Monday, December 17, 2012

Intel - Communication with Intent

People give shitty intel.  There is no way to soften it up.  It is often complete shit, full of useless, random information, questions and ridiculous nonsense that renders it useless.  Or even worse it has no information at all.

This is the world of serious internet spaceships.

Being a scout is not a simple task.  It requires a lot of information to be relayed between you and the fleet.  The scout does not have to be the most experienced player.  They do, however, need to pay attention.  While a well experienced scout can handle and process and filter information, a less experienced person may not know what is important.  This does not mean they can not make quick, clear, clean scouting decisions.  Similarly, someone just giving information to another person that is time sensitive can do so in a fast, neat coherent way.

Be Calm: Its easy to get caught up and succumb to tunnel vision. Try to fight it off.  Don't start screaming that ships are on grid when they are not.  Don't scream about the shuttle landing.  "Shuttle jumping to you" works just as well.  Hyperactiveness will also cause you to blurt Vindicator instead of Viator.

Critical Information: Critical Information is the information that needs to be focused on when giving intel.  These are the things that your fleet need to know right now to make decisions.
  • How many?
  • Are they flashy or not?  (Low Sec Specific Outlaw status = no gateguns in low sec)
  • Are they a war target? (War Dec Specific: Shootable in highsec or low sec with no response
  • Fleet comp?
  • Logistics?
  • Falcon/Ewar?
Where: What system? What gate if you are on a gate.  What planet if you are on a planet.  Don't announce the gate you are on as your location when people are going to warp to you without letting them know you mean the gate, not the system.  Use In and On or other words that are simple to understand.  "XXX On YYY Gate."

Short and Sweet: Don't babble.  Don't backtalk. Answer questions.  Give relevant information. Proper grammar and form can go out the window.  "Drake, Drake, Talos, Stiletto, Daredevil" is fine.

Be Responsive:  Answer the questions that you are being asked.  Don't blurt out something critical and then forget what the chat window is.  Being responsive to questions is important.

Be Accurate: If you have to, look again.  I mix up Cyclone and Claymore constantly.  Many ship names are similar.  CCP hates us and made the Corax to confuse the Thorax.  How many fleet commanders have screamed Talos when they meant Naga? (glares)  Some words are similar and English an unkind language (I can't comment on the unkindness of other languages well enough).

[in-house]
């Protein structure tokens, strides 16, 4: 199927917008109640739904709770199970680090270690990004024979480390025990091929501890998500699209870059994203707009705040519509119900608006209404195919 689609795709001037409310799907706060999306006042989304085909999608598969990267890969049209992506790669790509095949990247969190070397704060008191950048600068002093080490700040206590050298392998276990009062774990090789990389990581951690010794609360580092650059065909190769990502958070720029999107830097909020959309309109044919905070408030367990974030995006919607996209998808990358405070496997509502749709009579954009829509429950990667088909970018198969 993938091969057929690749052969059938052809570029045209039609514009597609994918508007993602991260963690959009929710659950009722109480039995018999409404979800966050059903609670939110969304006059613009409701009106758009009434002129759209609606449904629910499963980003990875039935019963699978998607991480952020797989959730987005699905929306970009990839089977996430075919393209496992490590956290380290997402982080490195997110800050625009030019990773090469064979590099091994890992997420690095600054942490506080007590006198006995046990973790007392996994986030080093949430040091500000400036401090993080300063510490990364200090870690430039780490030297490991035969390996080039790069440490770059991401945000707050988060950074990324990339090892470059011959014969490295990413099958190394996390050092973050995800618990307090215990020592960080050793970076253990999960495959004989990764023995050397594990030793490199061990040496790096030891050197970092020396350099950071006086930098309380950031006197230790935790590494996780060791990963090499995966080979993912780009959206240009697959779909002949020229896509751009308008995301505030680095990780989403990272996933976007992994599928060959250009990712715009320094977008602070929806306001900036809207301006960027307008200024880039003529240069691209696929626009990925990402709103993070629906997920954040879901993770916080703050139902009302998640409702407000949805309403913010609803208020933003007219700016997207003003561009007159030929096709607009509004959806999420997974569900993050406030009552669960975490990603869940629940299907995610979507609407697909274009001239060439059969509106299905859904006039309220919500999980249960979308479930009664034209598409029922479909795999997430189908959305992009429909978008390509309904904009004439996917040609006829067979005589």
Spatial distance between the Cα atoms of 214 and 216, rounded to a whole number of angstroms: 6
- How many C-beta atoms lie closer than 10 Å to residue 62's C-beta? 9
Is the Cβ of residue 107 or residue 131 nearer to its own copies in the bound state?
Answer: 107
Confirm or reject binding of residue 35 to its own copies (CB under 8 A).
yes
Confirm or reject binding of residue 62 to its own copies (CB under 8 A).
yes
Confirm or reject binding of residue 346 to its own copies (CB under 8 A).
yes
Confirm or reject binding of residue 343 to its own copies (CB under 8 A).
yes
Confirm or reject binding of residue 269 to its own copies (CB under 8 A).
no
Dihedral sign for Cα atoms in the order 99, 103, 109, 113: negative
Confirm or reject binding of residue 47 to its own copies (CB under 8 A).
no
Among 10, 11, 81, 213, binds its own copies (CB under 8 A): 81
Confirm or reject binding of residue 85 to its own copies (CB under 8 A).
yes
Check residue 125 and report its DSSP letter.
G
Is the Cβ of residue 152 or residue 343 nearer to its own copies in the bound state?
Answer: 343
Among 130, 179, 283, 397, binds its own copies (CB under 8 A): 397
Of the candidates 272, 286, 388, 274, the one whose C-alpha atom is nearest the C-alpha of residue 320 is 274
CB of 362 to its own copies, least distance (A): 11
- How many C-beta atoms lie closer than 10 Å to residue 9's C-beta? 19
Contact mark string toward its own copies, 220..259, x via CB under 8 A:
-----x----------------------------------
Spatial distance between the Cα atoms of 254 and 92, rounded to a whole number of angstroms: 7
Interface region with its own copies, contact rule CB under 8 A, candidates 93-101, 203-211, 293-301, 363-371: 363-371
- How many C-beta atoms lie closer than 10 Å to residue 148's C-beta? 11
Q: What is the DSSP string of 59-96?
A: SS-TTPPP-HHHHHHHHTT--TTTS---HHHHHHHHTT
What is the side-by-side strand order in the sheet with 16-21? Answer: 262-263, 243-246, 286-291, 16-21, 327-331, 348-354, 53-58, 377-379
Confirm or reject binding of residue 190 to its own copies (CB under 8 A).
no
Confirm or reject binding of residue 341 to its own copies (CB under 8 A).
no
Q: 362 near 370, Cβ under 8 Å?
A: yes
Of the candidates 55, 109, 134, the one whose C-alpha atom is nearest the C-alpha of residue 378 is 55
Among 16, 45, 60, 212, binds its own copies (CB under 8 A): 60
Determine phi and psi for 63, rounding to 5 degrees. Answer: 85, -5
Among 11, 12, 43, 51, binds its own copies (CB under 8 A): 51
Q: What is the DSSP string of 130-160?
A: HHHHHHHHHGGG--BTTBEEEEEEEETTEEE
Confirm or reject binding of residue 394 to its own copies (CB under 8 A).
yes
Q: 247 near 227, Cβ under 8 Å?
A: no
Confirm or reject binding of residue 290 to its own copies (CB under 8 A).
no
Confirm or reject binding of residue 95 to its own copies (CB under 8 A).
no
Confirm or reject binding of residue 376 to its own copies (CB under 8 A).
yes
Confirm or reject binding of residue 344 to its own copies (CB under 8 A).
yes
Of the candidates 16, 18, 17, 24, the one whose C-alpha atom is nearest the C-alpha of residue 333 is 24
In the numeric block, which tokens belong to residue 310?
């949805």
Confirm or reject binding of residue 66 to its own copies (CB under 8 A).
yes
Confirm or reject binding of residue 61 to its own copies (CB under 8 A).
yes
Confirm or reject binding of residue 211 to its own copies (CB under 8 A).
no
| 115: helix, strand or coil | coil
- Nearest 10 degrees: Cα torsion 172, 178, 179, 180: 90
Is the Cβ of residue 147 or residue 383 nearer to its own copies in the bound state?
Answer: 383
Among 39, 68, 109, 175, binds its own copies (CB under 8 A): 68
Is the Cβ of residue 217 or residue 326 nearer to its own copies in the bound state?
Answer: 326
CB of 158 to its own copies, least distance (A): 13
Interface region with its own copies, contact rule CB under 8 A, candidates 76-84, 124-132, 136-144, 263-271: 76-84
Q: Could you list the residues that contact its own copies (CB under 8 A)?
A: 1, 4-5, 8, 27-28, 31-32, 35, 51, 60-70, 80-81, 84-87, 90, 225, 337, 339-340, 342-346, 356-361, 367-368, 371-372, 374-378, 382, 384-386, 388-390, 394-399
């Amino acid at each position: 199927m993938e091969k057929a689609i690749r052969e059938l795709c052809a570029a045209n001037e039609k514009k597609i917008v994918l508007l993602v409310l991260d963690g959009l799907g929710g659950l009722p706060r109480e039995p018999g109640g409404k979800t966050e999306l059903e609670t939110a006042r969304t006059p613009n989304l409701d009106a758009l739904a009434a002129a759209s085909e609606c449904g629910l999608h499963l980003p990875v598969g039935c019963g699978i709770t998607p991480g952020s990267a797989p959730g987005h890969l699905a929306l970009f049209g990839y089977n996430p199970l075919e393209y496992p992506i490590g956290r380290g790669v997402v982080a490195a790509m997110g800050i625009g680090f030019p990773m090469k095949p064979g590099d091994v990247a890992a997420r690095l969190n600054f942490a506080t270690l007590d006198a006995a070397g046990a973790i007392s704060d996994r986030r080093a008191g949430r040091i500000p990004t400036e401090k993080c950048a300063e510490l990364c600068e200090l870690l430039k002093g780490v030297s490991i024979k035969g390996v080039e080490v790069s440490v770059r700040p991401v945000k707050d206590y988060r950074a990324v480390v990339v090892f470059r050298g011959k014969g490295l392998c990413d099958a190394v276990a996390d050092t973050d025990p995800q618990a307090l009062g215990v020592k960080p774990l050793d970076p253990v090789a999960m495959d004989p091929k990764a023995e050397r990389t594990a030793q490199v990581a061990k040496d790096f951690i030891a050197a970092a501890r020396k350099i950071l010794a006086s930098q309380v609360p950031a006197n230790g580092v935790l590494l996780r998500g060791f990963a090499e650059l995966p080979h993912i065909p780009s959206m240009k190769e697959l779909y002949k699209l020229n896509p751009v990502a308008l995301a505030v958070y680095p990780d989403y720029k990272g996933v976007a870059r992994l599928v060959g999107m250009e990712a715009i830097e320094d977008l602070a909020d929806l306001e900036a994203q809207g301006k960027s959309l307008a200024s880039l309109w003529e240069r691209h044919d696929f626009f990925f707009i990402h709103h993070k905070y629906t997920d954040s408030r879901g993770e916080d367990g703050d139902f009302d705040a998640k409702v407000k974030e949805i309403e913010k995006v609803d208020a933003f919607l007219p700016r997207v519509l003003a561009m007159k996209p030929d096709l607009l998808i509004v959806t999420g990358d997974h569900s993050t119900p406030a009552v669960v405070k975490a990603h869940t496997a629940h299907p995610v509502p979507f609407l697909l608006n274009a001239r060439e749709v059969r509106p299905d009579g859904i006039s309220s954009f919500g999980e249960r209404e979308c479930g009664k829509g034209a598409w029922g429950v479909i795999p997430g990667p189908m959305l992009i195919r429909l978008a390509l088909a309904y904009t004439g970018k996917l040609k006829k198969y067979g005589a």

Use your resources:
Drag and drop is a beautiful thing.  Drag those names out of your local window and into the fleet window.  Let the other members of the fleet help you by figuring out who the enemy is. (I know wormhole people don't have local.)

If you use this dscan tool then practice how to use it.

Pay Attention: Are you in high sec or not?  Is the gate you are sitting on a high sec gate?  Is it a null sec gate?  Is it a low sec gate?  Are they ON the gate or 100k off the gate.  Was there just a gatefire?  Did local spike?

If you have some time:  Lets say you are in a cloaked ship, eyeballing a fleet.  You have time to see what is going on.  This is the perfect time to use "look at".  Different weapon types look different.  Autocannons and Artillery look different.  Blasters and Rails look different.  Missile Launches have their own models   A visual scan, when time allows, of the opponent can reveal a wonder of information for the fleet commander to make his decisions off of.

Know the people you are with:  If your group has a way of relaying intel, use it.  If you are with another group and you do not know their habits keep it simple and clear.  Don't try to use habits you don't know and then wind up giving a whole lot of nothing.

Speak up: If you don't know what they want, ask.  If something is not working for you, say so.  I can be terrible at this.  Often times fleetmates become lost and confused.

Don't take offense: If your Fleet Commander snaps at you don't automatically snap back or sulk.  Often times when someone is doing multiple tasks something breaks down.  For a lot of us, it is the layer of politeness that we coat our communications with.  Your FC still loves you (unless hes an asshole and then I ask why fly with him and expect to be treated well if you know hes an asshole?) and needs and wants your information.  I once listened to DP screaming thanks to god in between his calls for primary.  FCs are people too.

Don't assume:  It is sad that our societal habits cause us to mock and ridicule people so easily.  They do.  Either expect it from your social group or find another one.  But if a destination is set don't assume the autopilot avoidance settings.  Ask if the route looks strange and tells you it is going to be 100 jumps through high sec.

And if you don't want to scout don't scout.  But its not always about scouting.  Sometimes we land upon information and we need to relay it to others.  Killing people is important.  Errything should die in a fire under the glorious pewpew of your fleet.  Always trying to give good intel will help to ensure that you give good intel when its vital.

1 comment:

  1. A few more helpful things (which I really should do myself):
    - take a deep breath first, especially when finding yourself on the wrong side of bubbled gate
    - have a quick mental rundown of what you're going to say
    - practice (this can be done even in your normal day life).

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